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Muhammad Ali's 'mama, how come everything is white?' interview sounds as relevant as ever

It is safe to say that the wise words of Muhammad Ali stands the test of time. Widely considered to be the greatest heavyweight boxer the world has ever seen, the legacy of Ali extends far beyond his pugilistic endeavors. Throughout his career, he spoke out about racial issues and injustices. The brash Mohammed Ali (or who we once knew as Cassius Clay) was always on point with his charismatic rhetoric— despite being considered arrogant at times. Even so, he had a perspective that was difficult to argue with.

As a massive boxing fan—and a huge Ali fan—I have never seen him more calm and to the point then in this recently posted BBC video from 1971. Although Ali died in 2016, at 74 years old, his courage inside and outside the ring is legendary. In this excerpt, Ali explained to Michael Parkinson about how he used to ask his mother about white representation. Even though the interview is nearly 50 years old, it shows exactly how far we need to come as a country on the issues of racial inclusion and equality.



In this interview, Ali remembered posing the questionto his mother: "Why is everything white?" He recalled being curious about Jesus being white. He pontificated as to why all angels were white—why Angel food cake is white while Devils-food cake's the chocolate dessert. He talked about all the products of his time that were labeled "white" like White Swan soap, King White soap and White Cloud tissue paper. Oh, and where does the president live? The White House.

He goes further into why all the celebrated models of the world are white and how beauty is only seen on white women. Miss World and Universe are always white—but why? He knows that women in America have all different types of complexions, shapes and sizes. Why not embrace it? They aren't all Barbie. He goes into Snow White, Santa Claus—noting that everything we view as "great" in this country is—you guessed it—white. In classic Ali style, he rhymes, "Everything bad is Black. The Little Ugly Duckling was the Black duck. And the Black cat was the bad luck. And if I threaten you, I'm gonna blackmail you. I said, 'Mama, why don't they call it 'whitemail?'' They lie too." It's hilarious but sadly true. It wouldn't shock me if Ali made the entire speech on the spot. He's brilliant.

The highlight of the interview has to be when he discusses Tarzan. Ali makes you think: how is it that Tarzan, a white man, is the king of the jungle in Africa? How can he talk to the animals but none of the Black men—who have lived there for centuries—are able to communicate with them?

Ali makes you realize that our country is completely whitewashed and always has been. He hammers home the idea that something is terribly wrong with our society. I can go on about how impactful he is. But, honestly, it would be like writing the lyrics to a Tina Turner song without listening to her music. You just have to experience Ali for yourself. Trust me, it's worth it.


A breastfeeding mother's experience at Vienna's Schoenbrunn Zoo is touching people's hearts—but not without a fair amount of controversy.

Gemma Copeland shared her story on Facebook, which was then picked up by the Facebook page Boobie Babies. Photos show the mom breastfeeding her baby next to the window of the zoo's orangutan habitat, with a female orangutan sitting close to the glass, gazing at them.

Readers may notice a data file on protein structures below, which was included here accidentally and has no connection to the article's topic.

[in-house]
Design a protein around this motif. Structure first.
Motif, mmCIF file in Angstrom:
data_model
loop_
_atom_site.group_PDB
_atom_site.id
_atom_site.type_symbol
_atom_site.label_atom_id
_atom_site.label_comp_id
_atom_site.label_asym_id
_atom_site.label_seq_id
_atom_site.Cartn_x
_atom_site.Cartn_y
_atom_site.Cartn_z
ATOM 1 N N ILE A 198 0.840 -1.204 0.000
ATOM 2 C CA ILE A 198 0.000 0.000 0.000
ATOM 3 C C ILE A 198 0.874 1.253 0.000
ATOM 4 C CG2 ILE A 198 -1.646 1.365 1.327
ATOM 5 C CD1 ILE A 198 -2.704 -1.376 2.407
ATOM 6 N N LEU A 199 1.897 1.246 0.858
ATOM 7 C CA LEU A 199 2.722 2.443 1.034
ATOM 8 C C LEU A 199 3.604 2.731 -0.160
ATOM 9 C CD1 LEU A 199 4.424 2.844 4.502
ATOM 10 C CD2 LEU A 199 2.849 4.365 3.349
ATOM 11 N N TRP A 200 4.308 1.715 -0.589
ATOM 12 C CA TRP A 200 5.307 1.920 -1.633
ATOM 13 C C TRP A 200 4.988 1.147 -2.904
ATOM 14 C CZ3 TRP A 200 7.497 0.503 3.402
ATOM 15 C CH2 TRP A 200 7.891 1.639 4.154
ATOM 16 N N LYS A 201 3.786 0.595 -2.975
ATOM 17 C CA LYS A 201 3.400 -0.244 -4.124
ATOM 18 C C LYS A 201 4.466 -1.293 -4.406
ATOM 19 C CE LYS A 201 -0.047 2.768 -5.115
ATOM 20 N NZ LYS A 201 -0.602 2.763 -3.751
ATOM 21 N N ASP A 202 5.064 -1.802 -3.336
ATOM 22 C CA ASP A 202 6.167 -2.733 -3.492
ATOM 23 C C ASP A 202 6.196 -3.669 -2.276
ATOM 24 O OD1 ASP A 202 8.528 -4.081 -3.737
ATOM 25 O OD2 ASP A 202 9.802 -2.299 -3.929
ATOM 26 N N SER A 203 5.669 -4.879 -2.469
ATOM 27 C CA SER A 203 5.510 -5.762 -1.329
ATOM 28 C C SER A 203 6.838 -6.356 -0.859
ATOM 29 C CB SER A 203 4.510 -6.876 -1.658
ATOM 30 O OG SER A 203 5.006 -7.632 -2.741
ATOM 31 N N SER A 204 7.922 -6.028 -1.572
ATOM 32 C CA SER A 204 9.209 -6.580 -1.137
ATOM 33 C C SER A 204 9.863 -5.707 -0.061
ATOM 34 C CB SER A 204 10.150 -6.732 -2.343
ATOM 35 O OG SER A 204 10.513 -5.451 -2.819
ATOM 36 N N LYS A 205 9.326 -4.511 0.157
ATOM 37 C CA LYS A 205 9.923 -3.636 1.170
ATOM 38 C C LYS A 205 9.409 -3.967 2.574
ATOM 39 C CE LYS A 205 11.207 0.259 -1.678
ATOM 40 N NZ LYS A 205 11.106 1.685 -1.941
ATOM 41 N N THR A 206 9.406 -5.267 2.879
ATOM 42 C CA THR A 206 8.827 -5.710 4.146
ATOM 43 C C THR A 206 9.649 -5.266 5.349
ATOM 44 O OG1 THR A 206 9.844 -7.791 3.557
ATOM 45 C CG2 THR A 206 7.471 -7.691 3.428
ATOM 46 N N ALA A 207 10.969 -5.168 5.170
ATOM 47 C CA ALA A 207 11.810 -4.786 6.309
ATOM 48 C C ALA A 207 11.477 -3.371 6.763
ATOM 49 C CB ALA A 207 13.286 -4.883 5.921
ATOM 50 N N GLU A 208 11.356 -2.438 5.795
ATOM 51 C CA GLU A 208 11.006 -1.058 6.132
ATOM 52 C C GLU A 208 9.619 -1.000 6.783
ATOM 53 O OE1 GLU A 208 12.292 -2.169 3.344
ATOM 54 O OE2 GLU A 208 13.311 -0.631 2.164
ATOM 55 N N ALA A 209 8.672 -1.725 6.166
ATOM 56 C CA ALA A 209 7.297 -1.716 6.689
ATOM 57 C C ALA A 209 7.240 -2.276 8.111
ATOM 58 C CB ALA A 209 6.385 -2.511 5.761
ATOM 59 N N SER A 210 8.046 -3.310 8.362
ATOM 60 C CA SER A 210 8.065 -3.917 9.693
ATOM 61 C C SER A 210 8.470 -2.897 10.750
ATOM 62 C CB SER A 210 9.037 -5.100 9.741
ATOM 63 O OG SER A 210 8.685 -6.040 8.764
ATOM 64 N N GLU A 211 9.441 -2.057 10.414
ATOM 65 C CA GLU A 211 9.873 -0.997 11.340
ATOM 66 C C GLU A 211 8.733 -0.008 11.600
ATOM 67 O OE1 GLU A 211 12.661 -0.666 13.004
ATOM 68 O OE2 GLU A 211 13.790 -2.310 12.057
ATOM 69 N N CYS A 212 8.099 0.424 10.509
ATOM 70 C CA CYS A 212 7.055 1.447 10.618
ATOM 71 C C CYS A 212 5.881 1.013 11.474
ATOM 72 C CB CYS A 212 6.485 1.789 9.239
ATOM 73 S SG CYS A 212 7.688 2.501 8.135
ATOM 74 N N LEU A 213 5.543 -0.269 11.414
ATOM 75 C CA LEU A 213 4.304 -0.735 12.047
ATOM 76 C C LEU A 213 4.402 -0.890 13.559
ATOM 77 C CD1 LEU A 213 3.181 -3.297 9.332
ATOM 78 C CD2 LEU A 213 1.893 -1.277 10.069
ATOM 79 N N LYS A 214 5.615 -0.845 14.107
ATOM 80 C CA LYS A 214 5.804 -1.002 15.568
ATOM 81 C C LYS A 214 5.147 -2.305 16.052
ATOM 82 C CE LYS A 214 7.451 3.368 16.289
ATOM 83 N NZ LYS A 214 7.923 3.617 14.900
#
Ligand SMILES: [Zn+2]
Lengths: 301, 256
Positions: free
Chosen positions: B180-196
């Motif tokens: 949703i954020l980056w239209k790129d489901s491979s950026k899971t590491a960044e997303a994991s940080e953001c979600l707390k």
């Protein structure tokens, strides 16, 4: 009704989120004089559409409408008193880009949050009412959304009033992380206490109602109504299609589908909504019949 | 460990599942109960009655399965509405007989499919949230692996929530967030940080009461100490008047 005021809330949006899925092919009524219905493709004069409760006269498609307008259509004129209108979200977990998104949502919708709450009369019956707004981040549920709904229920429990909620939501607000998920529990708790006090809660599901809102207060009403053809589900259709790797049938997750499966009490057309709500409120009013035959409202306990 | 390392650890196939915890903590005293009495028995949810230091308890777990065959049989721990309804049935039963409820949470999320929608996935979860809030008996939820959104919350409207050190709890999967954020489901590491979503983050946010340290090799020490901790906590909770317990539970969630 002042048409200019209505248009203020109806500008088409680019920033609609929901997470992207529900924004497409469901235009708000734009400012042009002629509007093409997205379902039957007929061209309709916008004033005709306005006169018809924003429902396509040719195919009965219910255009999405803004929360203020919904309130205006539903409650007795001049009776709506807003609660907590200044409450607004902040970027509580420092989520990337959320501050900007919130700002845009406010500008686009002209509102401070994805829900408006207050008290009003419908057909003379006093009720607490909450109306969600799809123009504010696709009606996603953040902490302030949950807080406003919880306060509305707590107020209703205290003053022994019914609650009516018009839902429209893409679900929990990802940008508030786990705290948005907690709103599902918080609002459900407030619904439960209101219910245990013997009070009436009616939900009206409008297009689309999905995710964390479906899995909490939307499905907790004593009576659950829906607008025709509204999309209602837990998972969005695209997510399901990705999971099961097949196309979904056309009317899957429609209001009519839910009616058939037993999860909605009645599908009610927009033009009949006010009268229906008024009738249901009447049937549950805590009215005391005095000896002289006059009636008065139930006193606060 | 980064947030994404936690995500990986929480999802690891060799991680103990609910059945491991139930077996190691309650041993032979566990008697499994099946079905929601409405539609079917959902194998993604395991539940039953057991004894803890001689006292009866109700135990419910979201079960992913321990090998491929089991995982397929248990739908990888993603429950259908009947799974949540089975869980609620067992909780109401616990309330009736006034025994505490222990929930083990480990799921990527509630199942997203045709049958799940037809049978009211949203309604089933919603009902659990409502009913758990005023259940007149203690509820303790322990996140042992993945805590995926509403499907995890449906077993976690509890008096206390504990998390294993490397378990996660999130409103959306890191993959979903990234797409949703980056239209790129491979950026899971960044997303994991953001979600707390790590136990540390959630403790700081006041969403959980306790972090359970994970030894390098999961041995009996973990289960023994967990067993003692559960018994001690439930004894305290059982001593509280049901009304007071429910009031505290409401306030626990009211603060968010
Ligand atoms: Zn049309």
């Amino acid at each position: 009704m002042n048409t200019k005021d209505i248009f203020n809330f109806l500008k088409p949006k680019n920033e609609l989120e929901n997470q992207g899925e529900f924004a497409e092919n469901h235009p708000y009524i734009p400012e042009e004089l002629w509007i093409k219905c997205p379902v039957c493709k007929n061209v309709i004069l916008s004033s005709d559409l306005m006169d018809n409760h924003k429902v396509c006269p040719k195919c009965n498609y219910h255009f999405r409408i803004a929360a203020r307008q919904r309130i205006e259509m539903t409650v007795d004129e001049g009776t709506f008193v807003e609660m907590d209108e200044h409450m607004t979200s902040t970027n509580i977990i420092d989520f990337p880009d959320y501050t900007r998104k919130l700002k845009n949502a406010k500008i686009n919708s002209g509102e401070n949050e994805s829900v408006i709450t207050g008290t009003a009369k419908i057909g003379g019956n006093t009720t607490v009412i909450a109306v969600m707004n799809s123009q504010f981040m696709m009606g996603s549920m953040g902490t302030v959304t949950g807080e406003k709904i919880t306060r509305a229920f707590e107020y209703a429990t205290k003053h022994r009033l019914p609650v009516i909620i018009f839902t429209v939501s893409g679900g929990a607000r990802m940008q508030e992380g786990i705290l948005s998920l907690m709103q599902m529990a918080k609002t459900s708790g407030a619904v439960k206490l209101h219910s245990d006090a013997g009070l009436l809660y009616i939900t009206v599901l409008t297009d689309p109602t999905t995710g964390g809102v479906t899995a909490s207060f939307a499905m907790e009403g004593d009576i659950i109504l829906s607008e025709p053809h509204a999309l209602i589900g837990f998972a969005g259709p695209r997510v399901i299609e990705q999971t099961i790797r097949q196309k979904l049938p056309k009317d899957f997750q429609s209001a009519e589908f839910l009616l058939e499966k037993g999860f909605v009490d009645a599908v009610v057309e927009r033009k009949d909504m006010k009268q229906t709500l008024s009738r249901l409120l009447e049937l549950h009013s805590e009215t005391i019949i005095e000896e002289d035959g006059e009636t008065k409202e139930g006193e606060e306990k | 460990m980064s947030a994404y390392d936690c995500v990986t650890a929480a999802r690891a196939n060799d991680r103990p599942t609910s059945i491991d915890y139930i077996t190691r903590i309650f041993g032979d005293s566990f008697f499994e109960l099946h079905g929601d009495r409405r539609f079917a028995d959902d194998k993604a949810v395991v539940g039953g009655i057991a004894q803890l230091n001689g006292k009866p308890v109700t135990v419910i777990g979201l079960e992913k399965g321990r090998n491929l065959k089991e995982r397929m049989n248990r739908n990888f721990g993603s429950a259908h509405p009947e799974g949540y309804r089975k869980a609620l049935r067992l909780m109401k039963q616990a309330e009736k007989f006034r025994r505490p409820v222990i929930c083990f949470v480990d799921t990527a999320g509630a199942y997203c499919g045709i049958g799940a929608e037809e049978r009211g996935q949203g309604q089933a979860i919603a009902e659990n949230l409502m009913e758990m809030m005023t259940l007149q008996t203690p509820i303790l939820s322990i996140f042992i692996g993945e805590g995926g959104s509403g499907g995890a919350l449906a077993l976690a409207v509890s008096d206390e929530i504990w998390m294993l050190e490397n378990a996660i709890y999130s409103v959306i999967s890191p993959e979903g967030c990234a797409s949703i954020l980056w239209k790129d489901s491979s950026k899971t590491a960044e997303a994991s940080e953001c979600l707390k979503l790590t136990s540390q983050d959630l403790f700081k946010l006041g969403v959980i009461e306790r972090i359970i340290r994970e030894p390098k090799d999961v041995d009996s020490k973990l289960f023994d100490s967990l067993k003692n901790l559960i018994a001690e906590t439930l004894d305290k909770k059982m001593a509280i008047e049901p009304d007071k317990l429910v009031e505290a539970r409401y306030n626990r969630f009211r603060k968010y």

"Today I got feeding support from the most unlikely of places, the most surreal moment of my life that had me in tears," Copeland wrote.

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10 things that made us smile this week

Here, have a round of joy. It's on us.

Alexas_Fotos/Canva

Upworthy's weekly roundup of delights.

When headlines and social media seem to be dominated by the negative, we all need reminders that the world is full of wonderfulness. Joy connects and inspires us and can be found everywhere—if we keep our eyes open and look for it. One of our goals at Upworthy is to make that search a little easier by telling stories that highlight the best of humanity and sharing the delights, large and small, that unite us.

Each week, we collect 10 things that made us smile and offer them to you to enjoy and share with others. We hope this week's list tickles your heart and brings a smile (or 10) to your face as well.

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@ticoandtheman

On a dark desert hwy, cool wind in my hair…

We've shared some delightful parrots in these roundups before, and each one somehow seems to out-entertain the last. I did not see Tico's vocal skills coming, though. The intonation! The vibrato! Even my music major daughter was blown away by this singing bird.

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This story originally appeared on 1.05.19


It started with a simple, sincere question from a mother of an 11-year-old boy.

An anonymous mother posted a question to Quora, a website where people can ask questions and other people can answer them. This mother wrote:

How do I tell my wonderful 11 year old son, (in a way that won't tear him down), that the way he has started talking to me (disrespectfully) makes me not want to be around him (I've already told him the bad attitude is unacceptable)?

It's a familiar scenario for those of us who have raised kids into the teen years. Our sweet, snuggly little kids turn into moody middle schoolers seemingly overnight, and sometimes we're left reeling trying to figure out how to handle their sensitive-yet-insensitive selves.


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